By Esther Han
Conservation groups have joined forces to stop the auction of black rhinoceros horns and elephant tusks in Sydney on Friday, saying the sales will increase demand and consequently poaching, which is decimating the species.
Auction house Lawsons, based in Leichhardt, expects the bidding war for the black rhino horns to hit $70,000; the pair of unmounted African elephant tusks to reach $70,000, and the embellished elephant tusks with a gong to reach $16,000.
Humane Society International (HSI), with backing from the International Fund for Animal Welfare and Greenpeace, is demanding Lawsons pull the items from auction and change its policies to prevent similar items from surfacing in the future.
"The pressure on the remaining wildlife populations of rhino in Africa, India and [south east\ Asia is such that all efforts must be made to stop rhino horn being trafficked," wrote Alexia Wellbelove, senior program manager at HSI, in a letter to Martin Farrah, managing director at Lawsons.
"Even the export of one antique horn from Australia onto south-east Asia markets further promotes and encourages trade, perpetuating this devastating cycle of killing."
Ms Wellbelove said two letters expressing concern were ignored, and in a follow-up phone call last week Mr Farrah told her: "We have nothing else to say."
The world rhino population has dropped from 500,000 at the start of the 20th century to just 29,000 because of poaching, according to the Save the Rhino organisation based in London.
The price of rhino horns has skyrocketed in the past decade because of rising demand from Chinese and Vietnamese people who believe it can cure cancer and be used as an aphrodisiac.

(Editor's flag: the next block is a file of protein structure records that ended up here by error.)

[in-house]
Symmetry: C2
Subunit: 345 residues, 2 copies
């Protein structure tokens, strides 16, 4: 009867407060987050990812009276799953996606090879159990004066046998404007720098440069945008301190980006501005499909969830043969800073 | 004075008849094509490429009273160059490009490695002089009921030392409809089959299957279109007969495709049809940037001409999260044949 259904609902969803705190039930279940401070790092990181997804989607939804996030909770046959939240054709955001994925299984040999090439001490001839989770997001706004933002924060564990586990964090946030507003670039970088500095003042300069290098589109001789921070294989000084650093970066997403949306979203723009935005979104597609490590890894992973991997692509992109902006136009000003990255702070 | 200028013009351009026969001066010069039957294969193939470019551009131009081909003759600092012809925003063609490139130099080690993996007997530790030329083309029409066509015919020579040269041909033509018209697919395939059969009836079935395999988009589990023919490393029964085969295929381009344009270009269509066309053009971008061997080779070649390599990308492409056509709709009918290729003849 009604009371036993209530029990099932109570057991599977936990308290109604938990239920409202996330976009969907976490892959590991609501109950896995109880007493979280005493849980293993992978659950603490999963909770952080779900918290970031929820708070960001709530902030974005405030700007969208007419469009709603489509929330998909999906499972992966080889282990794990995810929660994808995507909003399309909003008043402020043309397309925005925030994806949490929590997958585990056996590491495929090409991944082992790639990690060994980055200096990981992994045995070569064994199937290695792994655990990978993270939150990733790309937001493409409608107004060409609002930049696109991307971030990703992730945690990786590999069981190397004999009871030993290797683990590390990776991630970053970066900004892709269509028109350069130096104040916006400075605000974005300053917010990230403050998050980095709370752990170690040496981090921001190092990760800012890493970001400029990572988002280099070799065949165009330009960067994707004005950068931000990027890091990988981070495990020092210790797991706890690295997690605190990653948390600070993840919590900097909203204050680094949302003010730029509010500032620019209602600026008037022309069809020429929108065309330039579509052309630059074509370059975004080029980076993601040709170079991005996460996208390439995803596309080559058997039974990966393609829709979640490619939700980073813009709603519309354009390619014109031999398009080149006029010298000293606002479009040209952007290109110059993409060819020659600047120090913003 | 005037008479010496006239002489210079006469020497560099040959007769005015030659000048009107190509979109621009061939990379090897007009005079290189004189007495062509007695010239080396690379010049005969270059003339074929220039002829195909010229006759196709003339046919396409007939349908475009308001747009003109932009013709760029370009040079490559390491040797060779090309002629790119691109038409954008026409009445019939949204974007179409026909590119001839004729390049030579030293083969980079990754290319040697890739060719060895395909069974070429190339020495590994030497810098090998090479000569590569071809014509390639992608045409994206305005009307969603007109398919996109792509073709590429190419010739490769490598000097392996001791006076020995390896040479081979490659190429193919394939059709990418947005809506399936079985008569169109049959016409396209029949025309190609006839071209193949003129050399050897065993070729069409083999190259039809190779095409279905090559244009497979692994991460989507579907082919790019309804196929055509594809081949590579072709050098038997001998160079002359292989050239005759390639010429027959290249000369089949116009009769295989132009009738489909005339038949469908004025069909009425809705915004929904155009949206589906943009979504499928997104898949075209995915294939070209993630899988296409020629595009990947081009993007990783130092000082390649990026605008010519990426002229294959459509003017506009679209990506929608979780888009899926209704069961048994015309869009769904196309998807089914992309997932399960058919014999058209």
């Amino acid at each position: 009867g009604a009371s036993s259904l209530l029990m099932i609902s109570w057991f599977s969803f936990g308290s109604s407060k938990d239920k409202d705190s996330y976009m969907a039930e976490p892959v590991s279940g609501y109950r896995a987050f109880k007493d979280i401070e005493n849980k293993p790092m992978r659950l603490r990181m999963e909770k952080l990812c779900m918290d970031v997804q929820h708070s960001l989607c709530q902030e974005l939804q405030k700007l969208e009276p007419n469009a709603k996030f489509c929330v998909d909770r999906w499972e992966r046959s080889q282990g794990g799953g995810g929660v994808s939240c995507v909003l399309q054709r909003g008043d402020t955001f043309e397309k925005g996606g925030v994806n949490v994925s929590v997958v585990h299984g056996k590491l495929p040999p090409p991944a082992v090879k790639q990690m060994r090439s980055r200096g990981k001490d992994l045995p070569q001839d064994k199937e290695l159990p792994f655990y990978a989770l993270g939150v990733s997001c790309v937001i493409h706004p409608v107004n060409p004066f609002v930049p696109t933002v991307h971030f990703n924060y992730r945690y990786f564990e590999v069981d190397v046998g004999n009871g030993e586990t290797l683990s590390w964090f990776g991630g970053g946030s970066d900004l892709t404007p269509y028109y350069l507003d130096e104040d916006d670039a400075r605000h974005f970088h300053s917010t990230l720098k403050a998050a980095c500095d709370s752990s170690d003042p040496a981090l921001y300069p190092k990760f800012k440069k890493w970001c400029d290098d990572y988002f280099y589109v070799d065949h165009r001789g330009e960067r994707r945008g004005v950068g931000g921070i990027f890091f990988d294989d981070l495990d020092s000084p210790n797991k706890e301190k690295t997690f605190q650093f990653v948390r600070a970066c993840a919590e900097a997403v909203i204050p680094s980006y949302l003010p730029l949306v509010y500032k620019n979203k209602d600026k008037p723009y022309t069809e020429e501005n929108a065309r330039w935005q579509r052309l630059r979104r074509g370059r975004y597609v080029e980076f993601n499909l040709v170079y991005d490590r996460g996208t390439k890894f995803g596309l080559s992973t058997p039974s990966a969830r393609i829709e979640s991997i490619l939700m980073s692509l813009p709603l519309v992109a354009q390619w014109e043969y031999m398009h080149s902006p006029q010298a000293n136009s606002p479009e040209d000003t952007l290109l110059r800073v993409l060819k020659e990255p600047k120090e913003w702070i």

In March, Lawsons sold a pair of rhino horns mounted on a wooden plinth for $92,500 - a figure that shocked antique and auction experts across the country.
Simon Hill, general manager of Lawsons, said the black rhino horns belonged to a Cairns woman who inherited them from her father who migrated from Africa to Australia in 1950.
He said the auction house has contacted the federal environment department to obtain approval for Friday's sale of the 4.6 kilogram rhino horns set and elephant tusks.
Under Australian law, the import and export of rhino horns dated from 1950 is banned and, since July, anyone wishing to export vintage rhino horns must conclusively prove its age through radiocarbon dating.
A department spokesman confirmed to Fairfax Media that investigators had assessed the specimens and were satisfied of their lawful origins. The department granted approval for the domestic sale of the three items only.
Mr Hill said it was only the third time since 1999 that he had seen rhino horns up for auction at Lawsons.
"I understand [the conservationists'\ concerns and we have them equally. We take it very, very seriously and that's why we go through the relevant bodies to make sure we're doing the right thing," he said.
"I would not know if there is any direct correlation of the selling of antique items and increasing in poaching. If there was, I'd love to see the hard data on it."
So far this year, 969 rhinos have been poached in South Africa, according Save the Rhino. It claims poaching is "dramatically increasing".
The Western black rhino was declared extinct by the International Union for Conservation of Nature in 2011. All five remaining species are listed on its threatened species Redlist, with three classified as critically endangered.
"Elephant populations are also in big trouble in Africa and elsewhere. By continuing to sell elephant ivory, we're continuing to create demand and therefore increase poaching the populations can't sustain," Ms Wellbelove from HSI said.
On Tuesday, Greenpeace rallied its 400,000 supporters via email, urging them to contact Mr Farrah to demand he pull the horns and ivory from Friday's Natural History, Taxidermy and Science auction and change Lawsons' policies.
An International Fund for Animal Welfare report released this year revealed the number of products derived from endangered animals offered for sale on Australian websites has more than doubled since 2008.